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RE: C. bottae taxonomy

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Posted by: CKing at Tue Nov 25 21:06:49 2008  [ Report Abuse ] [ Email Message ] [ Show All Posts by CKing ]  

>>All other known populations that occur between the San Bernardino Mts. and Kern Plateau have been tested and align with the Northern Clade (Sierra Nevada subclade)>>

That actually depends on how the Sierra Nevada subclade is defined. All those populations in the Sierra Nevada, north of Tulare County, are of the large morph variety, according to your data. The Kern County animals are all small morph. If you look at the tree in Fig. 3A of Rodriguez-Robles et al., you can see that sample #26, from Tulare County, is actually basal to (older than) a large group of populations which occur both north and south of Tulare County. Together with the new finding of umbratica in Tulare, it would appear to me then that the current Kern County animals are descended from a Tulare County population (#26). That suggests to me that the distributional gap between umbratica and the Kern County small morph animals was even larger in the past than it is today. Therefore the Scodie Mountain population may well have migrated to its current position from Tulare County, rather than being a bridge population between San Bernardino and Kern County populations.

>>Those populations include boas that occur in the Piute Mts. about 12 miles west of the Scodie Mts. and again separated by the Mojave Desert. Only one sample from the Piute Mts. was tested by Rodriguez-Robles and repeated in the current study. I have another sample of tissue from a boa from the Piutes that wasn't tested. And just west of the Piute Mts. is Breckenridge Mt. and south of the Piutes are the Tehachapi Mts. The boas from Mt. Pinos boas to the southwest of the Tehachapi Mts. on the west side of the I-5 corridor and Frazier Park, Calif. were also tested. I have additional samples from all of those regions.>>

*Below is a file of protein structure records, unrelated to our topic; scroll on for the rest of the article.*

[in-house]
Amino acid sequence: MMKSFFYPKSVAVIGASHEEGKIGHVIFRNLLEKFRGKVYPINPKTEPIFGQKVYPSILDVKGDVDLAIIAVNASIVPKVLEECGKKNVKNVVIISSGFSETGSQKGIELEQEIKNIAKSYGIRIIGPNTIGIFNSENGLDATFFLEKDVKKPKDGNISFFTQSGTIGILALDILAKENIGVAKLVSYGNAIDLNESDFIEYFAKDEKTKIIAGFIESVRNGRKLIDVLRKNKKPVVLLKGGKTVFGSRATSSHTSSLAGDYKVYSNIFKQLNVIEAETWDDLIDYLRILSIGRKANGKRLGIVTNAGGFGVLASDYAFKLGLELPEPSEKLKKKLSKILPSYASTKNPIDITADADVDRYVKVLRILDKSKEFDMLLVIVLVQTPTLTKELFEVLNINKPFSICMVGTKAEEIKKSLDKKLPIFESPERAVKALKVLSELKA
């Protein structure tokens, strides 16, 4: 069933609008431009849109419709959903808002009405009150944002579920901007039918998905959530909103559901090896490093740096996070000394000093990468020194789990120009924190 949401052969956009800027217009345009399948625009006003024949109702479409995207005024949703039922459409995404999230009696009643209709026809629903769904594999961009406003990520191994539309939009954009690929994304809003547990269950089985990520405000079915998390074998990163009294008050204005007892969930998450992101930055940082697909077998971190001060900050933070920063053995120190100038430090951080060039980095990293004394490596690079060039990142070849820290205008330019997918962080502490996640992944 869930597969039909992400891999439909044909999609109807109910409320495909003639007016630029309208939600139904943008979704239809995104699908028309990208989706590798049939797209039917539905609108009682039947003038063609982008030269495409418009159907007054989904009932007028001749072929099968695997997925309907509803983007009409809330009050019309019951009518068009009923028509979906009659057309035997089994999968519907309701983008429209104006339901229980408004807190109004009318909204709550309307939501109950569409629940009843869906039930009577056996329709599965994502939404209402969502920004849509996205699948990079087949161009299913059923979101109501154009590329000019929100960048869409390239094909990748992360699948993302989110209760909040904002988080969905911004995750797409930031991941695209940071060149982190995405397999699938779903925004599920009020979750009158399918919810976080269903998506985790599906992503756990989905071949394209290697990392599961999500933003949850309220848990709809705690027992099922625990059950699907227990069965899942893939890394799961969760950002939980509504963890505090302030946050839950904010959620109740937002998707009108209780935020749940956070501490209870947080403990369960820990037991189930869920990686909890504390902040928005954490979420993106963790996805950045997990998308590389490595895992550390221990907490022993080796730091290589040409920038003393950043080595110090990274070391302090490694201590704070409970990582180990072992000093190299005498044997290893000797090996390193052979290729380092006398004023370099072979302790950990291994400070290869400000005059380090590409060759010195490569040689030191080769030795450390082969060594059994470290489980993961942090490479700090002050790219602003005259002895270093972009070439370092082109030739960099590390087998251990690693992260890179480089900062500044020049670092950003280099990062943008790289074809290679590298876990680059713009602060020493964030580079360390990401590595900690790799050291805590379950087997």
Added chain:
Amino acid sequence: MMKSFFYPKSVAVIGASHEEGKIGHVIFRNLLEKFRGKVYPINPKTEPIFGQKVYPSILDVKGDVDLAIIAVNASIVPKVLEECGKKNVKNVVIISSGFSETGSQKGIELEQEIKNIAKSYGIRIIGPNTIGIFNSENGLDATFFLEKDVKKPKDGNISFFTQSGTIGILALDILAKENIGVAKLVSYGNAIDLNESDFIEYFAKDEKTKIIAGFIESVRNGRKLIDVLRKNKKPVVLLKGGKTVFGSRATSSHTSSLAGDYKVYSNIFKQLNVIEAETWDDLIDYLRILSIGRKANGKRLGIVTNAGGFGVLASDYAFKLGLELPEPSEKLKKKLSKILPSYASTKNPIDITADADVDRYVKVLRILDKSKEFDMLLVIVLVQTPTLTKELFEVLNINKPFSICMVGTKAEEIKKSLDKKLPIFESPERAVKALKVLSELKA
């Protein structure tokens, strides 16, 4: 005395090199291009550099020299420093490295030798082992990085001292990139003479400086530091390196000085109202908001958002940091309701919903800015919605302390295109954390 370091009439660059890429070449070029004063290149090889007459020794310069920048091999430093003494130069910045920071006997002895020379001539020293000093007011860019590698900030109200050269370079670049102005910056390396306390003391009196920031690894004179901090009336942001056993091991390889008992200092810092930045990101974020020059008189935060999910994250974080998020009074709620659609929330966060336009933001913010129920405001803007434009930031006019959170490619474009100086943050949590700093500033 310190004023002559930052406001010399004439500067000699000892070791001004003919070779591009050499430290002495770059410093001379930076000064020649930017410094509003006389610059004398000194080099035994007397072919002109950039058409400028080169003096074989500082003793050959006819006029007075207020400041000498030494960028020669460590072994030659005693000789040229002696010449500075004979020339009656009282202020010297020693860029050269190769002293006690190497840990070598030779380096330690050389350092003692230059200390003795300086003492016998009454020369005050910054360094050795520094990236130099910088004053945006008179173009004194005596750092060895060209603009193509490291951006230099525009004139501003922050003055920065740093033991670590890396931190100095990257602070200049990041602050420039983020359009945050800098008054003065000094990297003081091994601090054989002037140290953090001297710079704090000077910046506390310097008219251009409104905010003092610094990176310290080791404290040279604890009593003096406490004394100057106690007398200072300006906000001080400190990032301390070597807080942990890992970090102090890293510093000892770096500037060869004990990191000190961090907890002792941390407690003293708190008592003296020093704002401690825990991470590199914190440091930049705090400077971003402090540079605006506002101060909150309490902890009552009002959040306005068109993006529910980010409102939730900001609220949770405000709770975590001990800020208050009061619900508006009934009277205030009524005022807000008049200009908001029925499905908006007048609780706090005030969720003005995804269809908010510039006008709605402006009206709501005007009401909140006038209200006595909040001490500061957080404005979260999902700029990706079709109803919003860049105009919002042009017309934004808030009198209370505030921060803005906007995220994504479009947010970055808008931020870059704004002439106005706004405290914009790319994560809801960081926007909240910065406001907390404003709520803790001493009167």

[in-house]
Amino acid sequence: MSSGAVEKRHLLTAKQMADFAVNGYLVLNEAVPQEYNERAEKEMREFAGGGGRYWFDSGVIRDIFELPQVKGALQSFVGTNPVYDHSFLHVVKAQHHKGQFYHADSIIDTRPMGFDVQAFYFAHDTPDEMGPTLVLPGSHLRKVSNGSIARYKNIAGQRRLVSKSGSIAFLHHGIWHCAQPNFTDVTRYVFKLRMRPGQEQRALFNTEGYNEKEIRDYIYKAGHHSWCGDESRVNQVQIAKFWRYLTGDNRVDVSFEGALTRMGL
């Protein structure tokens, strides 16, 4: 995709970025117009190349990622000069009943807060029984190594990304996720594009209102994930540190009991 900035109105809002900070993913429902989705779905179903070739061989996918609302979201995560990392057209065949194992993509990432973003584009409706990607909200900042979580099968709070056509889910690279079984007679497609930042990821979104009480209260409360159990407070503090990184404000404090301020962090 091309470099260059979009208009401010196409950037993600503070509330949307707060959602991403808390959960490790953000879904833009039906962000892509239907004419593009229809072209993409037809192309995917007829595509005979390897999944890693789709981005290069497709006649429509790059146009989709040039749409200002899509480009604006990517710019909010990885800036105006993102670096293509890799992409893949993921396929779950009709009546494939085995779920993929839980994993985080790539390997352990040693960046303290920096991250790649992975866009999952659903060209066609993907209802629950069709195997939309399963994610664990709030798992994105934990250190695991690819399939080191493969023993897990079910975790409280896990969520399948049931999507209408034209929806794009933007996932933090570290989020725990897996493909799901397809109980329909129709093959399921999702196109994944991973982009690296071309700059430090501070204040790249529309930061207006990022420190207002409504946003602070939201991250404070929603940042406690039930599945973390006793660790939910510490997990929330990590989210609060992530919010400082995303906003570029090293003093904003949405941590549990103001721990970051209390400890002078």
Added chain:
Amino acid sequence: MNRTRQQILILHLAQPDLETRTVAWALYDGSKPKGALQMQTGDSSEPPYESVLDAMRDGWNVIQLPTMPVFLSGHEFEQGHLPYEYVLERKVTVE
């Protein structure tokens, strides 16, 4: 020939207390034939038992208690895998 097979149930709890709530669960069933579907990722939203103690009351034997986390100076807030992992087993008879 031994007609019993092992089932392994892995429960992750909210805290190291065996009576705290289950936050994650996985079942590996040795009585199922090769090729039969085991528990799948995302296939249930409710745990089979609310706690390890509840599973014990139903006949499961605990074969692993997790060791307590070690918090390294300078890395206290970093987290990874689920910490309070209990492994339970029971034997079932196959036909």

Here is my prediction: all of these boas found between Tulare and San Bernardino Mountains are closer to the Sierra Nevada subclade than they are to umbratica. That means they migrated south from Tulare County rather than north from San Bernardino County.

>>As for the 38 samples that had identical haplotypes, that certainly is of interest which from my limited understanding of mtDNA research would seem to suggesting a rapid dispersal by a successful general phenotype.>>
>>Richard F. Hoyer

Agreed. These populations are all large morph, suggesting that the evolution of the larger morph has enabled it to radiate into new habitats. The small morph southern rubber boas are probably restricted in distribution to a few mountain refugia by its closest relative, the Rosy boa.

In case you haven't read some of my posts concerning rosy boa mtDNA, this newly published data on the Rosy boa suggests that it originated in northern Baja California. That means the rosy boa probably descended from an isolated population of the rubber boa in the vicinity of northern Baja, while all of the intermediate rubber boa populations in the lower elevations of southern California must have been extirpated, ostensibly by a drying of the climate, which also wiped clean of these mountains of the basal populations of L. zonata. L. z. pulchra and L. z. parvirubra are both recently derived from L. z. agalma according to mtDNA data, just as all other populations of Lichanura are derived from a northern Baja California population. There is amazing agreement between the mtDNA data of L. zonata and Charina/Lichanura, especially in what these data sets are informing us of past evolutionary events and likely geologic history. Fascinating stuff.

It looks like the Rosy Boa and the Northwestern subclade of the Rubber Boa may have converged on the same solution: a larger body size to cope with hotter and drier climates. The same solution has enabled both of these descendant lineages of the small morph rubber boa to exploit new habitats and expand their ranges.


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